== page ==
Australian homeowners hard hit by rising interest rates may get some help from proposals being considered by their government in the next few weeks.
Loans for home buyers, though held by government policy below general interest rates, have increased by almost 3 percent in 14 months, to about 13 percent. That has meant a $66-a-month increase in payments on the average loan of $30,000 Australian ($33,700).
The increased interest rates have occurred alongside huge increases in house and land prices in most major cities in Australia. In three years the median price of houses sold in Sydney, Australia's largest city, have increased from $ 47,000 to $83,000 and in subtropical Brisbane from $29,000 to $45,000. However, increases have only been from 15 to 20 percent over that three-year period in most other major cities.
But it has been the increased interest payments rather than prices that have caused most difficulty. The increase has led to the formation of homeowner groups to lobby politicians and has caused considerable concern to the federal government.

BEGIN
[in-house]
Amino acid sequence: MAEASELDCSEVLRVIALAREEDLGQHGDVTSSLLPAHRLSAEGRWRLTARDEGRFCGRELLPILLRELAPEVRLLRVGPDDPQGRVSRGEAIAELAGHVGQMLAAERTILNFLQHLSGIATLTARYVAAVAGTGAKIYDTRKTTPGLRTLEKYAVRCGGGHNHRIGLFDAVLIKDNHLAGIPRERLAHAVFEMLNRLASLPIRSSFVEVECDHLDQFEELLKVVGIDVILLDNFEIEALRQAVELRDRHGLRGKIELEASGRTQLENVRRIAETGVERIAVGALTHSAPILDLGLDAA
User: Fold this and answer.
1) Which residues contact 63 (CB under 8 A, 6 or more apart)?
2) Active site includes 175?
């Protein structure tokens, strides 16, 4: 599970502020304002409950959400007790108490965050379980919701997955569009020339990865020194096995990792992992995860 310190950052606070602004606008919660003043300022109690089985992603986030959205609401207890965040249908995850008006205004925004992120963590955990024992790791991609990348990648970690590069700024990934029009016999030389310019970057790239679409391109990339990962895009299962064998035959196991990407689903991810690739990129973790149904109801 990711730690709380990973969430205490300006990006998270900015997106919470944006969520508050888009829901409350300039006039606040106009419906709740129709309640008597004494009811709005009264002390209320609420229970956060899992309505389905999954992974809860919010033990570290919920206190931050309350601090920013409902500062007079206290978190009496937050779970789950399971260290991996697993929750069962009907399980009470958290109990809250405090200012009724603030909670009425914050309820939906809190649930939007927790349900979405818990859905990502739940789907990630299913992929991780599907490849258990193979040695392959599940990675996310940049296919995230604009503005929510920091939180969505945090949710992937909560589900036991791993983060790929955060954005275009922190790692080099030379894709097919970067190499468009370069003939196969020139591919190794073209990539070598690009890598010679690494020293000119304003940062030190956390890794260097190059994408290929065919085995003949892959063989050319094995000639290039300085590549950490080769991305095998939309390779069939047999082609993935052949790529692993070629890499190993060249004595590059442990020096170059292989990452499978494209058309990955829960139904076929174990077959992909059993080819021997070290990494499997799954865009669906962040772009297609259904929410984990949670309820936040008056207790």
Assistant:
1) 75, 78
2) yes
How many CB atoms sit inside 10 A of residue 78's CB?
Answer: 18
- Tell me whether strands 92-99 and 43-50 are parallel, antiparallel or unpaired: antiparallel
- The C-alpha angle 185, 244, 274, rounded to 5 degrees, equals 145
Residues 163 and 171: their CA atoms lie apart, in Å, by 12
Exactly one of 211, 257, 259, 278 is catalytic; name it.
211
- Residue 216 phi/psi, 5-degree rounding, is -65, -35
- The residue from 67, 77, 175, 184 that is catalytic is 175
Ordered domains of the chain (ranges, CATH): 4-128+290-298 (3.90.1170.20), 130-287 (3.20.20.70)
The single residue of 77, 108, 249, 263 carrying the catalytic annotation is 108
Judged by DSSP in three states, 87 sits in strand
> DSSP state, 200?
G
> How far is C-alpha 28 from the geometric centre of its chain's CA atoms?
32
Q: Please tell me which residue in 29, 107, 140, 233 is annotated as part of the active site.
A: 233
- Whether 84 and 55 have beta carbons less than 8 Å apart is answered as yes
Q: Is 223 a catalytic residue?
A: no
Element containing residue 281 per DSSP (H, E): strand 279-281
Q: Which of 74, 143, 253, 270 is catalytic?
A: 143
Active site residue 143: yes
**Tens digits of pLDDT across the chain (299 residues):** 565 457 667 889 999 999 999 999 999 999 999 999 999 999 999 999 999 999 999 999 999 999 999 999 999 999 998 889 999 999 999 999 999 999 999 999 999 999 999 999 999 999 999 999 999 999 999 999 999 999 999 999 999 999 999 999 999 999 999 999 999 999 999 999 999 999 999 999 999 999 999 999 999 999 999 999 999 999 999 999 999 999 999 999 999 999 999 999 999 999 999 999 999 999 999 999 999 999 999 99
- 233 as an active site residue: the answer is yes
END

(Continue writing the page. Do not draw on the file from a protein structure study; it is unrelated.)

The media have highlighted the problems of young people on low-to-moderate incomes being forced out of their homes by the rising interest bill. However, the number of such cases have been small, and large increases in wage rates have to some extent solved the problem of increased payments on mortgages.
Nevertheless, the federal government is under pressure from all sides to bring in some measures to ease the impact of the higher interest charges and to prevent any further increases.
Among the measures to be considered by the government are a direct subsidy for mortgage payments and tax deductibility of interest payments on houses. Also being considered are increased grants to new home buyers to help bridge the deposit gap between loans available and the total cost of a house.
Federal Treasurer John Howard has taken a strong stand against scheme to make interest payments tax deductibe, arguing that while such deductions are available in the US there are no taxes on capital gains or property in Australia.
The government does not want to be pressured into making an early decision because it believes the problems caused by higher interest rates have been exaggerated.
To some degree the ''wait and see'' approach has paid off. Although interest rates have not declined, one of the effects of big interest rates has been to reduce the pressure on housing prices. For the past six months, for example, Sydney housing prices have remained stable.